Greenpeace UK net worth and earnings

Updated: November 1, 2020

The Nonprofits & Activism channel Greenpeace UK has attracted 20.2 thousand subscribers on YouTube. It was founded in 2006.

There’s one question everybody wants answered: How does Greenpeace UK earn money? No one beyond Greenpeace UK truly knows, that said, let's walk through what we know.

What is Greenpeace UK's net worth?

Greenpeace UK has an estimated net worth of about $100 thousand.

Greenpeace UK's finalized net worth is not precisely known, but predicts it to be around $100 thousand.

However, some people have proposed that Greenpeace UK's net worth might truly be much higher than that. could be worth closer to $250 thousand.

How much does Greenpeace UK earn?

Greenpeace UK earns an estimated $4.8 thousand a year.

You may be questioning: How much does Greenpeace UK earn?

Each month, Greenpeace UK' YouTube channel receives about 100 thousand views a month and around 3.33 thousand views each day.

Monetized channels generate income by playing video ads for every thousand video views. YouTubers can earn an average of between $3 to $7 per thousand video views. If Greenpeace UK is within this range, Net Worth Spot estimates that Greenpeace UK earns $400 a month, totalling $4.8 thousand a year.

$4.8 thousand a year may be a low estimate though. If Greenpeace UK earns on the higher end, advertising revenue could bring in as much as $10.8 thousand a year.

Greenpeace UK likely has additional revenue sources. Successful YouTube also have sponsors, and they could earn more by promoting their own products. Plus, they could secure.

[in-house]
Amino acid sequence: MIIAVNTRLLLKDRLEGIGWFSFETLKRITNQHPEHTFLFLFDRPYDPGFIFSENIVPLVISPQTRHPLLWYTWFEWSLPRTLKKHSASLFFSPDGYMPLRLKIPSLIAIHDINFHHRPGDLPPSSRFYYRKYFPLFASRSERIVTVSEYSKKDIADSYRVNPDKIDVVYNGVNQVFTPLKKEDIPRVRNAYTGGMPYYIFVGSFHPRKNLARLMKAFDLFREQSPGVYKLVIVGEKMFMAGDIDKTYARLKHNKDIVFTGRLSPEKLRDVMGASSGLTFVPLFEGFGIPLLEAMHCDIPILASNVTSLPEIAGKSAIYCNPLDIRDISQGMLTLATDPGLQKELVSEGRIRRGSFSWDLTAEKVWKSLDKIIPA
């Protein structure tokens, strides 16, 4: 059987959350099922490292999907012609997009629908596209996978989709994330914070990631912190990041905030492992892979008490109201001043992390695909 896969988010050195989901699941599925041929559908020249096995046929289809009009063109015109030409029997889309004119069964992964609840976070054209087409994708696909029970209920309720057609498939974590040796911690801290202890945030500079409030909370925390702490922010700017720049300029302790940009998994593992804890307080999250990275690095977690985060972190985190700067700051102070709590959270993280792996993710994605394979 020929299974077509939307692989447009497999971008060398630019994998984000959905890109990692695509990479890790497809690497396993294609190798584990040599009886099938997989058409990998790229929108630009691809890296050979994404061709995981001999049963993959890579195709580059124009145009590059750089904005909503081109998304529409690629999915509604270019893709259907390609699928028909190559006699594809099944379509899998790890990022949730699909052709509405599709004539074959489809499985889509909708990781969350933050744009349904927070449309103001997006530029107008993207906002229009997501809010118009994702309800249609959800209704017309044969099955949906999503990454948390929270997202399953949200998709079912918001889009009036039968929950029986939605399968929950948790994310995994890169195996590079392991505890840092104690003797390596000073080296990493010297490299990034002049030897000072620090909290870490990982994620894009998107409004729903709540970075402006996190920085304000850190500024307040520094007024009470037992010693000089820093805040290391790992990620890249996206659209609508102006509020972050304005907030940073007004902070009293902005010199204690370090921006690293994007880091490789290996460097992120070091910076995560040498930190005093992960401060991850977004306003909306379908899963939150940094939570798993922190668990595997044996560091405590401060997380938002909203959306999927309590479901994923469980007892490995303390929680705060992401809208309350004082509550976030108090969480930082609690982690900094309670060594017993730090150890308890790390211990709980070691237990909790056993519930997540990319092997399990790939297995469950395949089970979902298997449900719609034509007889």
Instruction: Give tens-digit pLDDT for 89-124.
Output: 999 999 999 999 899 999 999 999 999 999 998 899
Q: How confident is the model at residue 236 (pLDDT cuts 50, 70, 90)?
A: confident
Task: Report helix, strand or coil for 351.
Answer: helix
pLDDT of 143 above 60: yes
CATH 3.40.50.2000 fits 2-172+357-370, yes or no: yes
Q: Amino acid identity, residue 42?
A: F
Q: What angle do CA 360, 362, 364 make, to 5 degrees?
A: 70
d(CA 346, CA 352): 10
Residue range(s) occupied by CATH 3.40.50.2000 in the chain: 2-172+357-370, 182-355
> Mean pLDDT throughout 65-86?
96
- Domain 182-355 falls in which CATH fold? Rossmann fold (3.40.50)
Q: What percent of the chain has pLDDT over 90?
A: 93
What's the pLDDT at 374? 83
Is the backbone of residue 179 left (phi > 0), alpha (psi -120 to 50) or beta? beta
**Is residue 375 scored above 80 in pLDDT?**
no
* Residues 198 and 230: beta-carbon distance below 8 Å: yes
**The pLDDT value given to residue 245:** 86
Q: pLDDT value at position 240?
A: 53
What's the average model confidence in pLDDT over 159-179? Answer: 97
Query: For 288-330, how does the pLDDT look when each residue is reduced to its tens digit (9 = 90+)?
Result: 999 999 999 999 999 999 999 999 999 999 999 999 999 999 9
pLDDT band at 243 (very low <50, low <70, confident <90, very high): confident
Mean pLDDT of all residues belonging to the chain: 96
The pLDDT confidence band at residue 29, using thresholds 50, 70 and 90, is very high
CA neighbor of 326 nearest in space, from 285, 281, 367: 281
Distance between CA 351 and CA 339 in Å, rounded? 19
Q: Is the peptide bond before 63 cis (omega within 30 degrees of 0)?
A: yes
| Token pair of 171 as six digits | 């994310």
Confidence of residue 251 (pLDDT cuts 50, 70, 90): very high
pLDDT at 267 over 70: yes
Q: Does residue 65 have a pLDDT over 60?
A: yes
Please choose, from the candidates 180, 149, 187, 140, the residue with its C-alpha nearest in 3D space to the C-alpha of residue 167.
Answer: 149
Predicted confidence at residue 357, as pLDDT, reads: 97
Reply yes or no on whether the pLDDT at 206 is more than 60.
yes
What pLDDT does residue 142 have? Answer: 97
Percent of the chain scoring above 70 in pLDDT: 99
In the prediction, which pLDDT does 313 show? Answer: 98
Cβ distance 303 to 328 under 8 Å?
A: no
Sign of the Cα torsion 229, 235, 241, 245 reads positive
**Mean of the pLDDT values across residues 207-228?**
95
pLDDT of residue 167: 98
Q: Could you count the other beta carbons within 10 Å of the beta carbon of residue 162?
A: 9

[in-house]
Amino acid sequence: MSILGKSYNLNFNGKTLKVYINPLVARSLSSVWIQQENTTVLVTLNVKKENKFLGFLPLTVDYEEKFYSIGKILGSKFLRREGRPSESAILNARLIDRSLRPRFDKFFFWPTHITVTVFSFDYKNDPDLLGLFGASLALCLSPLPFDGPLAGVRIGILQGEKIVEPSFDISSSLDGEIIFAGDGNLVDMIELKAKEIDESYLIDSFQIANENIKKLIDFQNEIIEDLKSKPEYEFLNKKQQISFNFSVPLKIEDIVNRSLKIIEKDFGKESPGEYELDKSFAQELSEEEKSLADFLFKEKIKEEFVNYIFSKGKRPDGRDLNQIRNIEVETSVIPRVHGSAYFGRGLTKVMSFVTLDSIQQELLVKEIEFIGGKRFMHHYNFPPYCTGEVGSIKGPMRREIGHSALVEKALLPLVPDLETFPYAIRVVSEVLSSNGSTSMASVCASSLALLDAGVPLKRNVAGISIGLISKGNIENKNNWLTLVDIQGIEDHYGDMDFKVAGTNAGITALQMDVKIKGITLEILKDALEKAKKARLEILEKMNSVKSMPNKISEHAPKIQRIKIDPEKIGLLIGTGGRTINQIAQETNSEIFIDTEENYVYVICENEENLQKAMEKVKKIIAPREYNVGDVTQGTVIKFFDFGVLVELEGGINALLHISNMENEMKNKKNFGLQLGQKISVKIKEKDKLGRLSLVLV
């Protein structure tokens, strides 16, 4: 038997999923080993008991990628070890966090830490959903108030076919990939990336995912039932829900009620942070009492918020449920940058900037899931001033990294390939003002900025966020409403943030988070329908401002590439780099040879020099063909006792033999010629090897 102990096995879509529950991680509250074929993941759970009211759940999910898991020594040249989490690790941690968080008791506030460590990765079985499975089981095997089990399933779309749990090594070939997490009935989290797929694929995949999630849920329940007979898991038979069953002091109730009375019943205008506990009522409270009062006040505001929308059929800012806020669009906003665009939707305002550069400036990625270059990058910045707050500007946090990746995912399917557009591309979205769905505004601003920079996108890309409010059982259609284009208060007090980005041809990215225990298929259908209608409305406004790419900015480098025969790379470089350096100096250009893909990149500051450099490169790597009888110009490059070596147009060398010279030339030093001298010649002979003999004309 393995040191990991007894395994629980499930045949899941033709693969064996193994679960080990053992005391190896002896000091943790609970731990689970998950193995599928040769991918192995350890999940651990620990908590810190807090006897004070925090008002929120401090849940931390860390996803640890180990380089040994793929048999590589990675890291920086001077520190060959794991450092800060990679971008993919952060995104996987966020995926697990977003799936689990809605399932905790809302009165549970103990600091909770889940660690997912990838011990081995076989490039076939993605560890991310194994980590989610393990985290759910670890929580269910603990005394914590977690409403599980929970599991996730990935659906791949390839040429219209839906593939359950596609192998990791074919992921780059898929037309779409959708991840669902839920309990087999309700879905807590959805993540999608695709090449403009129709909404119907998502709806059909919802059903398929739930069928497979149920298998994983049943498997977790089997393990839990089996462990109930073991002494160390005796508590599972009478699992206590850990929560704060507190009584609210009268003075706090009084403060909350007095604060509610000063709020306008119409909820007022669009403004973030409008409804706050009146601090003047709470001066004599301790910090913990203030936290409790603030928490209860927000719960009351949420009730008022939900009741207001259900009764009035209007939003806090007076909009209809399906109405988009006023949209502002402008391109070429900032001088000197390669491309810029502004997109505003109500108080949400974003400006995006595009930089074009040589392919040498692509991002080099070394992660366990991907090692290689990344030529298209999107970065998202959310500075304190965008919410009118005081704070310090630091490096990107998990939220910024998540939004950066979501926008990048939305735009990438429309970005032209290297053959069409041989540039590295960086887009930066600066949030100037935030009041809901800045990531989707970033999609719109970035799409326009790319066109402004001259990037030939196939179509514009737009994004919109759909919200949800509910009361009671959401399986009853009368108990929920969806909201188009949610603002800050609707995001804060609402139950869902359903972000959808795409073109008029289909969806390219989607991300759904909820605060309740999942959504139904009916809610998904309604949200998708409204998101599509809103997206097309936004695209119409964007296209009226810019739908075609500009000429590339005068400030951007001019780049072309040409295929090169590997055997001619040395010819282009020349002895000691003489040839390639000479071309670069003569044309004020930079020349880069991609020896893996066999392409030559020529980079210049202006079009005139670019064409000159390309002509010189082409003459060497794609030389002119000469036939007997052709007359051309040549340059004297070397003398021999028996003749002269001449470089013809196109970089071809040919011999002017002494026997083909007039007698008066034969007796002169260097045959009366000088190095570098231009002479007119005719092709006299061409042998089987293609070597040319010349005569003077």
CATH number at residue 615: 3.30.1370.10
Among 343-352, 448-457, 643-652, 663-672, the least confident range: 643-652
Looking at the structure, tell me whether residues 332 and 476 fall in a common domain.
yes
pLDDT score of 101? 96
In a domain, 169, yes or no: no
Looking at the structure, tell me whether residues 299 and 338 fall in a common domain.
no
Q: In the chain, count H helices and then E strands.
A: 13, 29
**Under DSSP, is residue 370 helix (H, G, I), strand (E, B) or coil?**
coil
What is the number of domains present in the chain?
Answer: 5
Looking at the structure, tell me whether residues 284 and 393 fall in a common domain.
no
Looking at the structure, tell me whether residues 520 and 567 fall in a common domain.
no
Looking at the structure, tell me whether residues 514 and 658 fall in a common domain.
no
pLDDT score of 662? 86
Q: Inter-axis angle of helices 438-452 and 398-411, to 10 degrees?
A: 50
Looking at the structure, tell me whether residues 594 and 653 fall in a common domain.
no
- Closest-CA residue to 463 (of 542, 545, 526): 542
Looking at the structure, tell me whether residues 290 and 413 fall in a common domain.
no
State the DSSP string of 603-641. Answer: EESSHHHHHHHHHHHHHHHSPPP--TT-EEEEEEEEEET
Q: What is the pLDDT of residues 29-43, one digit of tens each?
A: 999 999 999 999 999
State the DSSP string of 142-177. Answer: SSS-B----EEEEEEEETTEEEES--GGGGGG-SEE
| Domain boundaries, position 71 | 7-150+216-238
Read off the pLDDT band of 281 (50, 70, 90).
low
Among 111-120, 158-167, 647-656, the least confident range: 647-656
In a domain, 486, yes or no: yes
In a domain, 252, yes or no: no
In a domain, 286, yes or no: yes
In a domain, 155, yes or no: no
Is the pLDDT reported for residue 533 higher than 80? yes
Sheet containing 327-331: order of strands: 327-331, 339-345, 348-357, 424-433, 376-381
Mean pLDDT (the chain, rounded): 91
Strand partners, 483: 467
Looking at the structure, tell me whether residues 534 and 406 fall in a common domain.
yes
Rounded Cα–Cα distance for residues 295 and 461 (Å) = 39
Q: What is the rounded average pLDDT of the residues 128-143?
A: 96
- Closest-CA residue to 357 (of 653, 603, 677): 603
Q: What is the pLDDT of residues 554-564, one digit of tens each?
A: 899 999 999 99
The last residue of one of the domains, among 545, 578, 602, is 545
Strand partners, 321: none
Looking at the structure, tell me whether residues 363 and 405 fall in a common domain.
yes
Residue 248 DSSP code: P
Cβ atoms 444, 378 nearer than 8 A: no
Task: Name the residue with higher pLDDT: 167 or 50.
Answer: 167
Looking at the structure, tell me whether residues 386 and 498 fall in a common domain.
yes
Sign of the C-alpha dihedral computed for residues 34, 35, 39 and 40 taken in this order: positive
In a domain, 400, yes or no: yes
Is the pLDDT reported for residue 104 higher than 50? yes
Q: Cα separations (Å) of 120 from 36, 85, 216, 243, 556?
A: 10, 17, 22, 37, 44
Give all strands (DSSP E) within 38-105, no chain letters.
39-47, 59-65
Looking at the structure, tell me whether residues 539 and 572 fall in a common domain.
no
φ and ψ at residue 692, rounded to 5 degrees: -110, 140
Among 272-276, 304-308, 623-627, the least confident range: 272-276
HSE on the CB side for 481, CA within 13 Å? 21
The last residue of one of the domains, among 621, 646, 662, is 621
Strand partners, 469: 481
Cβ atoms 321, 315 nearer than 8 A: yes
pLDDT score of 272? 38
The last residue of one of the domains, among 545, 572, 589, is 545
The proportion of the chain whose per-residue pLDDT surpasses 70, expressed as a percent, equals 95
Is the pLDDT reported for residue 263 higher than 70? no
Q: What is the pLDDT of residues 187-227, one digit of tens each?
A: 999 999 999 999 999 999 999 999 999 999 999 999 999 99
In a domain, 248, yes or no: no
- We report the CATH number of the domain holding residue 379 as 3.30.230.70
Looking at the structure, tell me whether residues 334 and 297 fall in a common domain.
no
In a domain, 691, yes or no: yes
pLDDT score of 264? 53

Greenpeace is a non-governmental environmental organization with offices in over 55 countries and an international coordinating body in Amsterdam, the Netherlands. Greenpeace was founded in 1971 by Irving Stowe and Dorothy Stowe, Canadian and US ex-pat environmental activists. Greenpeace states its goal is to "ensure the ability of the Earth to nurture life in all its diversity" and focuses its campaigning on worldwide issues such as climate change, deforestation, overfishing, commercial whaling, genetic engineering, and anti-nuclear issues. It uses direct action, lobbying, research, and ecotage to achieve its goals. The global organization does not accept funding from governments, corporations, or political parties, relying on three million individual supporters and foundation grants. Greenpeace has a general consultative status with the United Nations Economic and Social Council and is a founding member of the INGO Accountability Charter, an international non-governmental organization that intends to foster accountability and transparency of non-governmental organizations. Greenpeace is known for its direct actions and has been described as one of the most visible environmental organisations in the world. It has raised environmental issues to public knowledge, and influenced both the private and the public sector. The organization has received criticism; it was the subject of an open letter from more than 100 Nobel laureates urging Greenpeace to end its campaign against genetically modified organisms (GMOs). The organization's direct actions have sparked legal actions against Greenpeace activists, such as fines and suspended sentences for destroying a test plot of genetically modified wheat and damaging the Nazca Lines, a UN World Heritage site in Peru. Along with several other NGOs, Greenpeace was the subject of an improper investigation by the US Federal Bureau of Investigation between 2001 – 2005. The Inspector General of the US Justice Department determined that there was "little or no basis" for the investigation and that it resulted in the FBI giving inaccurate and misleading information to the United States Congress.